Jim was steady, composed even, in front of the cameras. A single tear would slip down his face and he would gracefully thank the press for their interest in the case and for raising awareness of their efforts. They loved him. But they looked at Peggy with distaste. They resented her messy tears and her silence. Jim was a much better griever. More photogenic and engaging. She was disappearing into herself and became the barely visible shadow behind the curtained living room window that looked out over the lawn, the same window from which she had desperately scanned the lawn looking for Benjamin’s bobbing head and bubbling laugh.
A year on and Peggy still sat behind the curtain, letting Jim provide the answers to the much smaller group of journalists outside their house. She started drinking in the morning sometimes. Nothing much, just a drop or two in her coffee. And then something else when she sat down in front of the news for lunch. Jim begged her to stop turning on the television. He punched a hole in the wall next to it. Then he left. The divorce papers were delivered in the mail a few days later. She signed them without reading.
And two years? Nothing. Until she started the book tour. But the book tour was over. She was sitting in Ariana Lee’s office on the 12th story of a strange glassy building with white gallery-like floors. Someone put another brick on her chest. He was being cruel – this bricklayer. Peggy gasped for air, panicking and clutching the arms of the white chair. She was clawing, scratching at the man with the bricks but he was laughing. The strange ringing noise was back and Peggy wanted to scream, but she thought of all the pretty little glass ornaments the woman had on her desk, and that picture of the little girl with the yellow bow, the same color as the woman’s page marker – no, that was the other one. She didn’t want to break the ornaments and she didn’t want to scare the child so she stifled the scream.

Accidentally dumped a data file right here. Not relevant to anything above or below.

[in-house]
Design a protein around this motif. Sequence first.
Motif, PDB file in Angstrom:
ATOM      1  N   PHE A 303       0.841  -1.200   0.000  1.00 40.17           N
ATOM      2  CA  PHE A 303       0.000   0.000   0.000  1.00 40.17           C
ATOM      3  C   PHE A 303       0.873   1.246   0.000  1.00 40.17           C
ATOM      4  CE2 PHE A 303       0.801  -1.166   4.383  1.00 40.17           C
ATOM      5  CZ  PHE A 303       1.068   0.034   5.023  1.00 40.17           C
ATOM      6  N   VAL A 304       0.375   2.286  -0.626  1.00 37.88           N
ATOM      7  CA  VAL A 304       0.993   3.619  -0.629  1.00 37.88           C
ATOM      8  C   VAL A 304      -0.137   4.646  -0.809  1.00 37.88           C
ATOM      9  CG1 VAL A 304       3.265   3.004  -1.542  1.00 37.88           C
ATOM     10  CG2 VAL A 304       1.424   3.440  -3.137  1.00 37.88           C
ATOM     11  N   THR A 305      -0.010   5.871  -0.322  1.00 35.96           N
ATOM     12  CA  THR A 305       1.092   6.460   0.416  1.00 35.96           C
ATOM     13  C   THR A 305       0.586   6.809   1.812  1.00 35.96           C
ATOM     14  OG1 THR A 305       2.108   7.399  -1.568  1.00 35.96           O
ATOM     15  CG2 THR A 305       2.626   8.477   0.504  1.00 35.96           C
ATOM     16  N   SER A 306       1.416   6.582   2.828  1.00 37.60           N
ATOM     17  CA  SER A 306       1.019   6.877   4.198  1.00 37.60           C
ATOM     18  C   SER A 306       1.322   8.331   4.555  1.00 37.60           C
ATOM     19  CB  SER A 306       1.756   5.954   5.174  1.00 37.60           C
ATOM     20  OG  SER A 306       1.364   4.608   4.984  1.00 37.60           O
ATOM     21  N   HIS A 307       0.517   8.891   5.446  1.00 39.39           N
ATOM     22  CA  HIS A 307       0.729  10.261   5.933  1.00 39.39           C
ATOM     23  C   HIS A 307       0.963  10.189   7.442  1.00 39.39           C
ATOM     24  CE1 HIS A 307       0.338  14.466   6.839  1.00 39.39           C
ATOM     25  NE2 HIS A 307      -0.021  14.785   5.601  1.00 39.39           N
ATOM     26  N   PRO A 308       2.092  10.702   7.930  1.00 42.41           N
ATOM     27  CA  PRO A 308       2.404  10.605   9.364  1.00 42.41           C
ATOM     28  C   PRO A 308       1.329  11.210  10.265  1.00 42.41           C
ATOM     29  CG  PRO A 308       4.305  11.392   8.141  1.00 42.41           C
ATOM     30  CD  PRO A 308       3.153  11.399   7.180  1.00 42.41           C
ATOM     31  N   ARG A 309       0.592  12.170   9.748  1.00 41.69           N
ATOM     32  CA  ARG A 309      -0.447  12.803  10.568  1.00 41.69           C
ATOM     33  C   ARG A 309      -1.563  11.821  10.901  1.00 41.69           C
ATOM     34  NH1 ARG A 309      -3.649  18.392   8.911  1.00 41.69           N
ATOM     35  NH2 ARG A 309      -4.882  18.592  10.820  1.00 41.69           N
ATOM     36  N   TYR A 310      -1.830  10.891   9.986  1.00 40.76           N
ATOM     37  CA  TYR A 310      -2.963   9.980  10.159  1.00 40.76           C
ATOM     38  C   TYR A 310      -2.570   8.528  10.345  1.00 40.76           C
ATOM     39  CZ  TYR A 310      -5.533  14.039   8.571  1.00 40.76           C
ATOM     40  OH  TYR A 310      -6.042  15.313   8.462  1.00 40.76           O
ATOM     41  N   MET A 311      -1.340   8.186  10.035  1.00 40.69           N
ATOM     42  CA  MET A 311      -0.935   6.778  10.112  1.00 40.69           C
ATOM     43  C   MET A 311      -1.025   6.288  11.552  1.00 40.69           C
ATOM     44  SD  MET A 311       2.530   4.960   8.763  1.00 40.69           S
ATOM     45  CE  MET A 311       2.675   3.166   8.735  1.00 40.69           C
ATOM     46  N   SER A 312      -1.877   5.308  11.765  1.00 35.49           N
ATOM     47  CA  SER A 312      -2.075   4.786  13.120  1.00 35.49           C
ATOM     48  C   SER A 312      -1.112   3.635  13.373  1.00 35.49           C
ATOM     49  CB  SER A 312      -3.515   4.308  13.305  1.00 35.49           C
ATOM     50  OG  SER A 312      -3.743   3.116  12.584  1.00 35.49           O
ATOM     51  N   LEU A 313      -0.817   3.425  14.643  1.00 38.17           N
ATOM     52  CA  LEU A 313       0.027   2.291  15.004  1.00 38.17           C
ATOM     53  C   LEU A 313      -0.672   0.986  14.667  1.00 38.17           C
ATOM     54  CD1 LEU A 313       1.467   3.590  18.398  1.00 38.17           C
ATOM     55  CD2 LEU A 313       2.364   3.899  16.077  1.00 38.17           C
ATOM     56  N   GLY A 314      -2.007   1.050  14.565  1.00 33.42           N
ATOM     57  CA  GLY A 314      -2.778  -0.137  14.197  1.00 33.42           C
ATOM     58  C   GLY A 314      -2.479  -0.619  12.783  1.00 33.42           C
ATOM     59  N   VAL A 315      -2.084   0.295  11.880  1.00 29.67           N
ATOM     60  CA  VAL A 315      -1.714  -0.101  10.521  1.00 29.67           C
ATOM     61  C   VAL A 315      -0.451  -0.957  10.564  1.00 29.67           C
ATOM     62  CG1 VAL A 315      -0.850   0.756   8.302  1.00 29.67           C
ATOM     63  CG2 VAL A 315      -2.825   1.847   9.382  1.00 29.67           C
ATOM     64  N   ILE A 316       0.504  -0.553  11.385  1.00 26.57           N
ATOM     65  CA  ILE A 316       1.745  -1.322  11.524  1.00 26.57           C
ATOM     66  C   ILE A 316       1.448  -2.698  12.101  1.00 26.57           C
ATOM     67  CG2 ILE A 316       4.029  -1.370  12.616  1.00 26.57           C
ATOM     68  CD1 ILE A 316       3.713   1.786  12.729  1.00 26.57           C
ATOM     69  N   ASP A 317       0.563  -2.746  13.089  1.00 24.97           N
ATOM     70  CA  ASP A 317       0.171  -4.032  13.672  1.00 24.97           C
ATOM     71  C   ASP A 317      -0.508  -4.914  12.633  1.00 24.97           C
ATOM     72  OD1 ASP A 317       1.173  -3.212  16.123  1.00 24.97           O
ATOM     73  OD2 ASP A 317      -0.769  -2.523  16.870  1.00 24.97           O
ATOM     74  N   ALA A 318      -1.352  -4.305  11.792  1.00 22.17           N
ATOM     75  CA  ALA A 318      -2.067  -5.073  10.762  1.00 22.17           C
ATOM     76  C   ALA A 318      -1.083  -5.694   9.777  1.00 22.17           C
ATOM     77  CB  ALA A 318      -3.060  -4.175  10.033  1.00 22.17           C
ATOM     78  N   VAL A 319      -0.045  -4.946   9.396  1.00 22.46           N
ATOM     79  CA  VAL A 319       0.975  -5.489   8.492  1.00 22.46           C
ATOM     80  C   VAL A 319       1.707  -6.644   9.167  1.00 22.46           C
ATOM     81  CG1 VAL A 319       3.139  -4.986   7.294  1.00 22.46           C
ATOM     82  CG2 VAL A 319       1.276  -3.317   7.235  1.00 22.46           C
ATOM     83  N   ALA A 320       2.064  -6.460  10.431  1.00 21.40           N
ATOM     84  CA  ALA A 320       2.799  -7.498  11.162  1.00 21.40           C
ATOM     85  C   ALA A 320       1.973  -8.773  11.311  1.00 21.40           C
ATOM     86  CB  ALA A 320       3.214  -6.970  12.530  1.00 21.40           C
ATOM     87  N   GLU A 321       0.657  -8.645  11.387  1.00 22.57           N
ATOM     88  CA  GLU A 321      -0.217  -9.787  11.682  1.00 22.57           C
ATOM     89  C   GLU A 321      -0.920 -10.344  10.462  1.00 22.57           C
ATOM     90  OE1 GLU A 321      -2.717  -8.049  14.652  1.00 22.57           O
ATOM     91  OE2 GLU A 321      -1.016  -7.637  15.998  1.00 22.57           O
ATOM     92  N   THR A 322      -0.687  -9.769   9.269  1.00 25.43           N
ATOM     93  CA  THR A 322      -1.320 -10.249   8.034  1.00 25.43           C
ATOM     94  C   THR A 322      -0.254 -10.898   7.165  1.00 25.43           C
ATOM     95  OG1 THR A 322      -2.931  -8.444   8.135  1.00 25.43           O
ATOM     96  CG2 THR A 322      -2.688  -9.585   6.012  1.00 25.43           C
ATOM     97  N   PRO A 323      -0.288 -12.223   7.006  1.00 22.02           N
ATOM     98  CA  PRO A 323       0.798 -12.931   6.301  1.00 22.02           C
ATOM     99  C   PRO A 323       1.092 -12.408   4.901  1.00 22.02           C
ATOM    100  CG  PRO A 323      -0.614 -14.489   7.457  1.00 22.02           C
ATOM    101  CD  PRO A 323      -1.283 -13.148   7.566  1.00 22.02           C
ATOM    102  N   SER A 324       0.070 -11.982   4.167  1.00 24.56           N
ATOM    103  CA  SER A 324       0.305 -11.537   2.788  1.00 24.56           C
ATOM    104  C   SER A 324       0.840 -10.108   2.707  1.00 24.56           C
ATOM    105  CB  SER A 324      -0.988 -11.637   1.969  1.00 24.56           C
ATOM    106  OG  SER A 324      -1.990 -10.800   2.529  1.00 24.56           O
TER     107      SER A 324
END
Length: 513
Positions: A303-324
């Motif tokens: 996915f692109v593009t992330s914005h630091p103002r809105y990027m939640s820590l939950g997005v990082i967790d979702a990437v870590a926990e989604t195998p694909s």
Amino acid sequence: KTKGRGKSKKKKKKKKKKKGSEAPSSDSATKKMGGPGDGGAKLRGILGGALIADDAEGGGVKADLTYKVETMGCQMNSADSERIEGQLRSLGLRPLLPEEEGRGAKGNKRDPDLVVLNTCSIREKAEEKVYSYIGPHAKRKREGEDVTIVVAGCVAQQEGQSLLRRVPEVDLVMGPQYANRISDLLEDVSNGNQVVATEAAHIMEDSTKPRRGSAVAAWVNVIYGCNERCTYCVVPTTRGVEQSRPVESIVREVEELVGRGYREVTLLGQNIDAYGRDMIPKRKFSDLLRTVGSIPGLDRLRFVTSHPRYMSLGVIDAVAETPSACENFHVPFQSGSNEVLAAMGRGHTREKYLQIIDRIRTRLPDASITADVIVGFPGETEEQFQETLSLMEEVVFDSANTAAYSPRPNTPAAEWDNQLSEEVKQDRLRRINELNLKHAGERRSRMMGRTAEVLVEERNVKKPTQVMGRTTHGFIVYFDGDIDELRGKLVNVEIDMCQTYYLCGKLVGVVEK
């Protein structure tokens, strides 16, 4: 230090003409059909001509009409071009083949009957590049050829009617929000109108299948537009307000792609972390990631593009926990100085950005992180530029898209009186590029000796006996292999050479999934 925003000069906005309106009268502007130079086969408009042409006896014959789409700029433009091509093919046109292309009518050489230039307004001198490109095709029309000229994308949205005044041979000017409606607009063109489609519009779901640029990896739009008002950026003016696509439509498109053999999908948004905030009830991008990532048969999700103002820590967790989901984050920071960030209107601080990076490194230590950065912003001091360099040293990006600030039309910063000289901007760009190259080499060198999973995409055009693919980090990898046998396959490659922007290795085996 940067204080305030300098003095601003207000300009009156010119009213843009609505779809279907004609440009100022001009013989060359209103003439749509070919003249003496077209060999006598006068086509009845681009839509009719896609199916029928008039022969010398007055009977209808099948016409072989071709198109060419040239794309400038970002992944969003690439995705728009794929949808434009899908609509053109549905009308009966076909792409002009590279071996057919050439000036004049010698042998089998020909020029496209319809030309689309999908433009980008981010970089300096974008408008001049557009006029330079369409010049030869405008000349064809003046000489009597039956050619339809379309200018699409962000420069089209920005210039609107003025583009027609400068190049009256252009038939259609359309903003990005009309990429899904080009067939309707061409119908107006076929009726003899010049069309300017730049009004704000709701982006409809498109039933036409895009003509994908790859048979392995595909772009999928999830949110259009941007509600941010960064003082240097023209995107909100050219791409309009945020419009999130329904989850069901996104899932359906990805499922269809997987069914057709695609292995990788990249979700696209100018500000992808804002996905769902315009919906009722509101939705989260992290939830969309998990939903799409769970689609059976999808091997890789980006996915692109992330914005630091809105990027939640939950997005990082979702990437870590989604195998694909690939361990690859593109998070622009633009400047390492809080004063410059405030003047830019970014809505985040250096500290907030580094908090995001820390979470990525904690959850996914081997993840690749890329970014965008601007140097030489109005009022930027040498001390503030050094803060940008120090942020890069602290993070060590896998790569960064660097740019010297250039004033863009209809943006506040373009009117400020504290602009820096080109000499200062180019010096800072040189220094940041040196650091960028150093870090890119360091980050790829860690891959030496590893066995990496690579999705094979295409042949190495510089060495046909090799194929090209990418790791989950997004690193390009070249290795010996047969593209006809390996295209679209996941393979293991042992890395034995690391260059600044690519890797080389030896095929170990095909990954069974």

‘It’s over,’ she cried and turned her hands, which had failed at attacking the bricklayer, to her own face, making a deep scratch that stretched from the corner of her left eye all the way to her mouth, a light pink streak that left a small line of red on her finger nails. ‘It’s all over’.
Ashley Savard is originally from the Finger Lakes Region of Upstate New York, but now resides in London. She is currently working on a PhD at Durham University and is in the final stages of writing a thesis on James Joyce and Cultural Performance. ‘The Book Tour’ is her first published short story and, after years of development and much procrastination, Ashley recently began writing a novel.